How Toxic Positivity Can Actually Make You Feel Worse

Our generation is known for glorifying the importance of staying positive and optimistic all the time, no matter how dire or painful the situation is. We started overhyping the idea that it’s wrong to have negative emotions or express our more pessimistic views and expectations because it may make matters worse. While we’re always asked to expect the best and it will come to us, that’s not always the case, and lying to ourselves won’t help. 

Sometimes we’re sad, we’re scared, we’re hurt, and we’re angry. Sometimes we’re triggered by past traumas and incidents that make us feel anxious and sometimes we just don’t feel good, and suppressing these emotions just so we could ‘stay positive’ or avoid feeling those heavy or negative emotions may have a contrary effect. It makes us feel guilty for having these emotions because we think that we’re not allowed to feel this way, that we’re going against the law of attraction, that we will bring more misery and pain to us if we actually give in to some emotional states. It puts pressure on us to avoid saying how we really feel if it doesn’t sound light and hopeful. 

The truth is sometimes we feel better when we vent, when we allow ourselves to have these moments, when we prepare for the worst so that we don’t live in a state of denial or can’t handle the truth of the situation when it happens. It’s okay to feel down sometimes, it’s okay to feel sad, it’s okay to feel like giving up, and it’s okay to have negative emotions, but what’s not okay is allowing others to make us feel like we’re falling short because we’re not positive or strong all the time.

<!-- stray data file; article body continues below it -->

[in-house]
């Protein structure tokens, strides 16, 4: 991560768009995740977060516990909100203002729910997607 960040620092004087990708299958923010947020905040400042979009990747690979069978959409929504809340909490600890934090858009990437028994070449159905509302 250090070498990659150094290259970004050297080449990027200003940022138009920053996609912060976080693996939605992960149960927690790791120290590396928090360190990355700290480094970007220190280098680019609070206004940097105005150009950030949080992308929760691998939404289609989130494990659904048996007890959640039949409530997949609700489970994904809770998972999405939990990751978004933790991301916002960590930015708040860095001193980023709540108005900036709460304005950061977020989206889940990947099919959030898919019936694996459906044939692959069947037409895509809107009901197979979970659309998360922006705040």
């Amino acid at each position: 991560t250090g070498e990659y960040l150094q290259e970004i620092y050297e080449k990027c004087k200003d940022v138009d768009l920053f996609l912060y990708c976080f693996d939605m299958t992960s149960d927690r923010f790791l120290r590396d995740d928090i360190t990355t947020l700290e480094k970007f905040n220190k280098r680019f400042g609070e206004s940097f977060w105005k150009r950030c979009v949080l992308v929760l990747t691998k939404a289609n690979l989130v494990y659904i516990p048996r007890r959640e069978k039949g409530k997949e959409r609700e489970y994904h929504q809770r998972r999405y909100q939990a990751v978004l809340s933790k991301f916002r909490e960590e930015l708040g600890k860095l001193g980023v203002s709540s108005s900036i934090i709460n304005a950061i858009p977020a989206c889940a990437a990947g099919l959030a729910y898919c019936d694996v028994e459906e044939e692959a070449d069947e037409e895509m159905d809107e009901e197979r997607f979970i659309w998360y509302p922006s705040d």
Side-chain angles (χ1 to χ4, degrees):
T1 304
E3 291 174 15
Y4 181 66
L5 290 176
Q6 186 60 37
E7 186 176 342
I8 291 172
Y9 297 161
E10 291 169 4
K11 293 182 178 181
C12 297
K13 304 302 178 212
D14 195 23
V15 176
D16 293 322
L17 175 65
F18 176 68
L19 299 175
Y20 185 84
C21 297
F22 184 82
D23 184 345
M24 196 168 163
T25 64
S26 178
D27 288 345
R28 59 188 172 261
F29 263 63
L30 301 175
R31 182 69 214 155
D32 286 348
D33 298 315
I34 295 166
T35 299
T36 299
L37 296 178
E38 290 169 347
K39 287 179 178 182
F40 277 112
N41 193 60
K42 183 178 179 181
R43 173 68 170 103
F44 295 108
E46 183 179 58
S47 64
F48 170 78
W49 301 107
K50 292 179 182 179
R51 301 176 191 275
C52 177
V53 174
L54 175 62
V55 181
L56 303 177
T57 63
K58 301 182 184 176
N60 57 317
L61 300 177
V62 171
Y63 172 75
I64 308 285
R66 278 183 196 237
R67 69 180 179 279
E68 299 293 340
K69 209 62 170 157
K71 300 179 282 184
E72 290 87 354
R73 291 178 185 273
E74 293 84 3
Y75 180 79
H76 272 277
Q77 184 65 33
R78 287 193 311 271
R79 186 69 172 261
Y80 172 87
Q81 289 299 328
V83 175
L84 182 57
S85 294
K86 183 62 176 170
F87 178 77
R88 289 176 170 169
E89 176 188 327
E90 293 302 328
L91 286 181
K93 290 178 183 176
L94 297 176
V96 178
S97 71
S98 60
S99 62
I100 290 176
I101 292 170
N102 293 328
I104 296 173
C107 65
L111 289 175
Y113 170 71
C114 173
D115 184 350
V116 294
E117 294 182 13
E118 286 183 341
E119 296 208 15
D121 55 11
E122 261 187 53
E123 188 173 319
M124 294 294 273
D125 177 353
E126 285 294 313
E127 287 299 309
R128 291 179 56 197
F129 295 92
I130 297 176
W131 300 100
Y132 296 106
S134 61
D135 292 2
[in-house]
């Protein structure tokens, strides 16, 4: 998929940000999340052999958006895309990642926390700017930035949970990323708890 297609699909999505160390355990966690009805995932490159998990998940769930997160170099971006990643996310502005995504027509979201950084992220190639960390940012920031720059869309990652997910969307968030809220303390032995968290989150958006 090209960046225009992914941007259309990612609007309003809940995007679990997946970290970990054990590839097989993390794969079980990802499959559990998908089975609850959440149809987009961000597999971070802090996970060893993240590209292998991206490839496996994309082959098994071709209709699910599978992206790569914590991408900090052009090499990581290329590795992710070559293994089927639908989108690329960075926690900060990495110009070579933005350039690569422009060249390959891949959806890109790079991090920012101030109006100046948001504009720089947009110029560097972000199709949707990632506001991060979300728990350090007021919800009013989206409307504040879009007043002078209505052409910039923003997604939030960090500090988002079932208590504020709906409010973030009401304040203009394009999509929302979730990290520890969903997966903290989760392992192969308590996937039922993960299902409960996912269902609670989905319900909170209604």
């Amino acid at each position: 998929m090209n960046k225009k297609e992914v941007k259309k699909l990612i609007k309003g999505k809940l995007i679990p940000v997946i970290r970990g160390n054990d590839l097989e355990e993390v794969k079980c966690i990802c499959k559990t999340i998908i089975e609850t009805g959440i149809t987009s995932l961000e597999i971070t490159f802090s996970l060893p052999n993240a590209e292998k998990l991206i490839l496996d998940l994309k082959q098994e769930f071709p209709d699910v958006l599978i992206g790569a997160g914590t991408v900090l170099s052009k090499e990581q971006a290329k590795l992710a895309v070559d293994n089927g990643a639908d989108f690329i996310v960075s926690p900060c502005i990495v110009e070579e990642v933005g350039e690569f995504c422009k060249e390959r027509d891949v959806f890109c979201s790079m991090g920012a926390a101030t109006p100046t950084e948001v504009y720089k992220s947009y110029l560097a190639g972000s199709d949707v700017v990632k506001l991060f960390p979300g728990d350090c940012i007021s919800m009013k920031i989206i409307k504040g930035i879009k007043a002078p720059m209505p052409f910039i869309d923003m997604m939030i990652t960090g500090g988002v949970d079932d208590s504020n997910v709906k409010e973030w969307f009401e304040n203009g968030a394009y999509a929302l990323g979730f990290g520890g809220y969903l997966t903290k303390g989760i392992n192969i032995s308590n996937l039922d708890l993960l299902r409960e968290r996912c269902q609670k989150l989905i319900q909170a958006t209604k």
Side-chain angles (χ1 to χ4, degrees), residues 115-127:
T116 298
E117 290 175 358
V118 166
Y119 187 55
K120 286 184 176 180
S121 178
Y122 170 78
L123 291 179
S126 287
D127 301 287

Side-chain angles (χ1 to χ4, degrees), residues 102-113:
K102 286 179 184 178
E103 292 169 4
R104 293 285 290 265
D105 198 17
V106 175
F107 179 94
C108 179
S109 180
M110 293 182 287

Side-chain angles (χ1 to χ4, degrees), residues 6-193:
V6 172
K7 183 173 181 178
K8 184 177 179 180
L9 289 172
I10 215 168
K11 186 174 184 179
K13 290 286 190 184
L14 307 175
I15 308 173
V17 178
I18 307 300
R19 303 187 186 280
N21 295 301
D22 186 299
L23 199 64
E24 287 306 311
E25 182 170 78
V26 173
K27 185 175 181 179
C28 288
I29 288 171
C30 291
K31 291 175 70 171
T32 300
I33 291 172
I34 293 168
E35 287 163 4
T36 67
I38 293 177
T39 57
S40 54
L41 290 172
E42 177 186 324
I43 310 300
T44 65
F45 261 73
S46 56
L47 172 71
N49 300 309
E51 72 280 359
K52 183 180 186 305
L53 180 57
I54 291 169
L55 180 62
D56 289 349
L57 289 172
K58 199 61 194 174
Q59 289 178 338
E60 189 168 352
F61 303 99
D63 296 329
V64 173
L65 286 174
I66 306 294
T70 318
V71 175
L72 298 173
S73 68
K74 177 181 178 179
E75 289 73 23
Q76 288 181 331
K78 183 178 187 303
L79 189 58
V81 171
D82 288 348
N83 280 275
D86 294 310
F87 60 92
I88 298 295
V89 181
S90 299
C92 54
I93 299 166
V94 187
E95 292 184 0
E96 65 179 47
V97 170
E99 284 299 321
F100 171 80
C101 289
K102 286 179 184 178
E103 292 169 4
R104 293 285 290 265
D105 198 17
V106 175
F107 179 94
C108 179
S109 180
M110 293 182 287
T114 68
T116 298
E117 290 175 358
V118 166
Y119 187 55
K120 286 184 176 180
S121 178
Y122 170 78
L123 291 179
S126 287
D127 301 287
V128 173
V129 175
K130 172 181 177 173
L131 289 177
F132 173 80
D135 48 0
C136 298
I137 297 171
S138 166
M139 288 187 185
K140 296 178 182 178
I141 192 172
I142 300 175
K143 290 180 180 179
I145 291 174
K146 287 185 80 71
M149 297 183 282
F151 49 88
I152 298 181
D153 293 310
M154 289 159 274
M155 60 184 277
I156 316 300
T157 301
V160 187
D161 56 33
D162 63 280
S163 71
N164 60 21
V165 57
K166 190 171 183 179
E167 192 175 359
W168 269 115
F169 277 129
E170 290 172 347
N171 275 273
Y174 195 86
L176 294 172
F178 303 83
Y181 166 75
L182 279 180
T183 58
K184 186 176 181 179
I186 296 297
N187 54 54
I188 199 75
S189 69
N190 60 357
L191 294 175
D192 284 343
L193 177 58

We hear these all the time—‘stay positive, don’t give up, look on the bright side, be happy, keep going, failure is not an option, everything happens for a reason…’ etc. While these are all meaningful statements, they don’t work for all circumstances. They don’t always make sense when we’re in the thick of it, when we’re on the verge of losing someone, when we’re heartbroken over something and when we don’t get something we worked so hard for. These are all hard circumstances, and trying to put on a happy face when our hearts are shattered only makes things harder. It makes us more intolerant; it makes us feel even more hopeless because we’re not as happy or as positive as we should be, but we also can’t talk about it. 

If you want to end the toxic positivity cycle, start changing the narrative. Acknowledge when something is hard and allow yourself to truly let that feeling out. Don’t listen to people who have not been in your shoes but are telling you to stay strong and positive, and don’t allow anyone to discredit your feelings just because they’re not promising. Facing difficult and challenging emotions instead of ignoring them can actually lead to deeper insight and healing. It can help you overcome your problems instead of just repressing these feelings and falsely pretending that you’re fine and that you have it all under control. 

Toxic positivity is only toxic if you let it take over your emotions and your relationships. You have the power to put yourself in a good state of mind and empower yourself when things get hard but you don’t have to lie to yourself or to anyone. Recognizing your emotions and dealing with them in a way that makes you feel comfortable and gives you solutions is more effective than just trying to be positive and ignoring your mental health and emotional well-being.